Hybridization-Butia x Syagrus


I first noticed this unusual hybrid about four years ago when I went to visit Pauleen Sullivan in Ventura, California. It looked a little like a Queen palm, but it was quite different. It was more plumose and the fronds were more recurving. Pauleen informed me that the palm in question was a cross between Butia capitata and Syagrus romanzoffiana (Queen palm). The next winter I was truly amazed at how this palm grew steadily and rapidly through the winter. By the end of the winter it bad begun forming a trunk and its fronds were even more plumose than before. I commented on the palm to Pauleen who responded that it was decidedly a "fast grower."

That same year at the 1992 I.P.S. Biennial in Florida, I spotted a similar hybrid on the grounds of the Fairchild Tropical Garden. It was gorgeous, and sure enough, the name placard revealed that it was a Butia X Syagrus. Back in Ventura, another year went by and of all Pauleen's many palms, the hybrid was by far her fastest grower, and it was also very striking and very lovely. Each year, Pauleen's hybrid added about two feet of trunk and it currently has about six feet of trunk with an imposing array of fronds.

Then in June of this year (1996) I visited Bob and Marita Bobick in Orlando, Florida and once again I was exposed to a Butia X Syagrus hybrid. It appeared similar to Pauleen's hybrid and I asked its origin. Bob Bobick informed me that he had obtained it from Dr. Merrill Wilcox, a professor at the University of Florida in Gainesville, and that to his knowledge, Dr. Wilcox was the only person who could intentionally hybridize these two palms successfully.

Back in California, Pauleen informed me that she also had obtained her hybrid from Dr. Wilcox. Recalling that I had sat beside Dr. Wilcox during a rather adventurous jeep ride to the top of Mt. Avila at the 1994 I.P.S. Biennial in Venezuela, I thought I would give him a call and see if he might share some of his hybridizing experience with the International Palm Society. Dr. Wilcox was obliging, so what follows is our conversation.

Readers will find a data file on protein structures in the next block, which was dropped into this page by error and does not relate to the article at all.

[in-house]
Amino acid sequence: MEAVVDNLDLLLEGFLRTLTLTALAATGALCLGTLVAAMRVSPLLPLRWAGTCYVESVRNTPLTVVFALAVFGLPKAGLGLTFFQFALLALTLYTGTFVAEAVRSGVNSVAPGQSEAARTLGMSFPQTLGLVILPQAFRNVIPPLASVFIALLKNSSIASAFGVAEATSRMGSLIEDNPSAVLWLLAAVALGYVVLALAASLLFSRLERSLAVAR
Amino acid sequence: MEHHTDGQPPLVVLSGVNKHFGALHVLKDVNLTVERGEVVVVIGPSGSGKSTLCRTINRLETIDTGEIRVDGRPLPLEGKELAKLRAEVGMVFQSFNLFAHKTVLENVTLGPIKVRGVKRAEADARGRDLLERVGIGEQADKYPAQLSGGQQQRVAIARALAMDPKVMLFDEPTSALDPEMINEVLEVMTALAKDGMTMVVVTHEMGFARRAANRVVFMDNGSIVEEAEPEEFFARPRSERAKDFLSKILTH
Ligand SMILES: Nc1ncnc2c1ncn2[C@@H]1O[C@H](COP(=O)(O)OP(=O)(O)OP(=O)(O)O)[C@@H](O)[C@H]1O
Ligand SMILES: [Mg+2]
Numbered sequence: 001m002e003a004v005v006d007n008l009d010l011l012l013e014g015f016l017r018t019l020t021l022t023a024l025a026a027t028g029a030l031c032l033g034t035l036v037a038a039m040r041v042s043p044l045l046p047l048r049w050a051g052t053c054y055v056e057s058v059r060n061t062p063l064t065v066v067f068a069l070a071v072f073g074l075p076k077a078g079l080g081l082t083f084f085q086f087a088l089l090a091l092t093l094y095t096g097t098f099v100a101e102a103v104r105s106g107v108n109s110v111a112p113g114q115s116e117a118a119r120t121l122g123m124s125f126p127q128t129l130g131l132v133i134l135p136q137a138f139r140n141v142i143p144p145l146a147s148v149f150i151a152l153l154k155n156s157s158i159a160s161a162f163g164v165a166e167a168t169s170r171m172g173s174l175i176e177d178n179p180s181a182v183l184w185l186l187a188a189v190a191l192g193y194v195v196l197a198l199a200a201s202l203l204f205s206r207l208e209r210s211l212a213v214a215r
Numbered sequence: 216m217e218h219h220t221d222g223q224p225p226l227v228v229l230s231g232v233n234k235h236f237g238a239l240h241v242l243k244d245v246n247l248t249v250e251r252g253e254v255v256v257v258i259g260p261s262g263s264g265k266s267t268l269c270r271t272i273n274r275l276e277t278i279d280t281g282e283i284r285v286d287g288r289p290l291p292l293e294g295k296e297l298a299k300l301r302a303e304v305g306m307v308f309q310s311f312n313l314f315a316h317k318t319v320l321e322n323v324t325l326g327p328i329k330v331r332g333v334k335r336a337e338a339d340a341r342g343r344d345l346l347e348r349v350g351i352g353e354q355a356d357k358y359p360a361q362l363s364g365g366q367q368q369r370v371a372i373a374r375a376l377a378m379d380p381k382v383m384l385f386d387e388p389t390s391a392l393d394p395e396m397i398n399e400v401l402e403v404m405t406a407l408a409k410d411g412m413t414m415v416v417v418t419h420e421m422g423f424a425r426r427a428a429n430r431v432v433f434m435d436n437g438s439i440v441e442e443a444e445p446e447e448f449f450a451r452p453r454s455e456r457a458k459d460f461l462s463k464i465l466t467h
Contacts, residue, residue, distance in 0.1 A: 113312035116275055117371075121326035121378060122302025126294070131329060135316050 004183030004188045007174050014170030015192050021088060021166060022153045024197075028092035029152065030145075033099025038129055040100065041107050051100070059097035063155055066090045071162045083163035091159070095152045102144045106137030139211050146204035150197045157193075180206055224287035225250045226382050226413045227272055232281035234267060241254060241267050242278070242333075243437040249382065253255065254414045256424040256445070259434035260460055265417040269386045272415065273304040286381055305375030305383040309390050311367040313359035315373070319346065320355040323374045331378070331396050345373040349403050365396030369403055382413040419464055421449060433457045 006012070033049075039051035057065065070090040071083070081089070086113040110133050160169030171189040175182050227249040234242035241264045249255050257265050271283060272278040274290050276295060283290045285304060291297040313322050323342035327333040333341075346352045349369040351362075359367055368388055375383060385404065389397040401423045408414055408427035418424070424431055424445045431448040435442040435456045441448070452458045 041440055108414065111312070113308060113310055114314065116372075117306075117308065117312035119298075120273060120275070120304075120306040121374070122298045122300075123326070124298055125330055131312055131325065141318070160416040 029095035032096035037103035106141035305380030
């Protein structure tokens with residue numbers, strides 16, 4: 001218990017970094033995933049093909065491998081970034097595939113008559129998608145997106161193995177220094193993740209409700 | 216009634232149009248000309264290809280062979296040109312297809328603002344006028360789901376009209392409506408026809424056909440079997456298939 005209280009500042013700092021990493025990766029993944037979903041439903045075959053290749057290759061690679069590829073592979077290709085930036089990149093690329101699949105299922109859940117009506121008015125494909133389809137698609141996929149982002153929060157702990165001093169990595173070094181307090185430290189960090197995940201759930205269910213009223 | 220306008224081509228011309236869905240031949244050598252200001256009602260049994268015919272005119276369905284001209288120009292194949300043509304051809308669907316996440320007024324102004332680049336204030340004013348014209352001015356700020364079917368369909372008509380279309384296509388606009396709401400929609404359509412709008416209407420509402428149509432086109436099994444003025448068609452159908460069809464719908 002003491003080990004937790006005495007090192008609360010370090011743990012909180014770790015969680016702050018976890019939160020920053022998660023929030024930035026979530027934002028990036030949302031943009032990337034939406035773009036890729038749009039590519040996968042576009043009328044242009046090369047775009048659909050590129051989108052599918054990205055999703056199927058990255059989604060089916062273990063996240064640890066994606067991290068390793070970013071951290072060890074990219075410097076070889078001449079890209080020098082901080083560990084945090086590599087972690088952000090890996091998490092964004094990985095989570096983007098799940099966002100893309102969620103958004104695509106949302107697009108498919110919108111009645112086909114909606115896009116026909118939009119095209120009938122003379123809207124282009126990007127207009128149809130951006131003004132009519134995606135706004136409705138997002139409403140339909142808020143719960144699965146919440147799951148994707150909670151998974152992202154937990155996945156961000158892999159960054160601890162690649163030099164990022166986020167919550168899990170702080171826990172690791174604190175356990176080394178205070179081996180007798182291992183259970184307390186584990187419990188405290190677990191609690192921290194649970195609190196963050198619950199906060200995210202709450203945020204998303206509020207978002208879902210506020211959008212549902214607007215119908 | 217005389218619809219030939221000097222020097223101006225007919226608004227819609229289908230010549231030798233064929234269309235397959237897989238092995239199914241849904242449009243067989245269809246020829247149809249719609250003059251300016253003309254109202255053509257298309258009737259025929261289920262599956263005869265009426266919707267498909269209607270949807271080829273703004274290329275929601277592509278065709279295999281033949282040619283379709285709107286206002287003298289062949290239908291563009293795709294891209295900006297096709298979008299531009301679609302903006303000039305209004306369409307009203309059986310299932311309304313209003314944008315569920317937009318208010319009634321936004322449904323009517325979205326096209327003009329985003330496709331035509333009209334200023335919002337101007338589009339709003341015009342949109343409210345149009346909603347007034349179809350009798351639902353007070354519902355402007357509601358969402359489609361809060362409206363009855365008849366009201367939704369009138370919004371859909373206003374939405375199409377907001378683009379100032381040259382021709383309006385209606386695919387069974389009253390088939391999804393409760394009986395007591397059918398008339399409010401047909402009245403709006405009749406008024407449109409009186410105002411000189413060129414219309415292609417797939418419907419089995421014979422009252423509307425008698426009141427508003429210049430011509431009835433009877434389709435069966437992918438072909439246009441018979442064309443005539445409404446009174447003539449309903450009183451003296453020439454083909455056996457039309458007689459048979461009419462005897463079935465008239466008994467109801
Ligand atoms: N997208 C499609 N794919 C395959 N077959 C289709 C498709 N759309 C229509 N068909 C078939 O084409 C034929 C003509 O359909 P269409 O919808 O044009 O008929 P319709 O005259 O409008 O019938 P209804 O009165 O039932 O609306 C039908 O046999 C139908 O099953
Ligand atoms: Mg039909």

D.T.: How did you become interested in palms?

M.W.: It occurred after I began teaching at the University of Florida. I was 33 years old at the time. I was from the northern part of the United States, so Gainesville was my first exposure to palms. After a while I began to notice a distinction between palms. Some were pinnate, and some were palmate. I then began to concentrate on this distinction, and shortly thereafter I commented to my roommate about this difference. He not only was aware of it, but he told me also of a hybrid between two of the pinnate palms which occurred infrequently, and resulted in a very rare and beautiful palm.

D.T.: Did this excite your interest?

M.W.: It certainly did, particularly when I discovered that the two parents required for this hybrid were both growing at my apartment complex.

D.T.: How did you become involved in the hybridization process?

M.W.: It was sort of an indirect occurrence. I had a minor in botany, but I had never had a taxonomy course. I was curious enough, though, that I examined the inflorescence of a Butia. Upon observing the Butia flower, I discovered that the inflorescence looked like a corn tassel with a female flower added. As a young man, I had pollinated corn at Beltsville, Maryland, so I went to the library to obtain literature on palm pollination. The material that I found was about coconut and African oil palms, but figuring they were similar to Butia and Syagrus, I studied the process.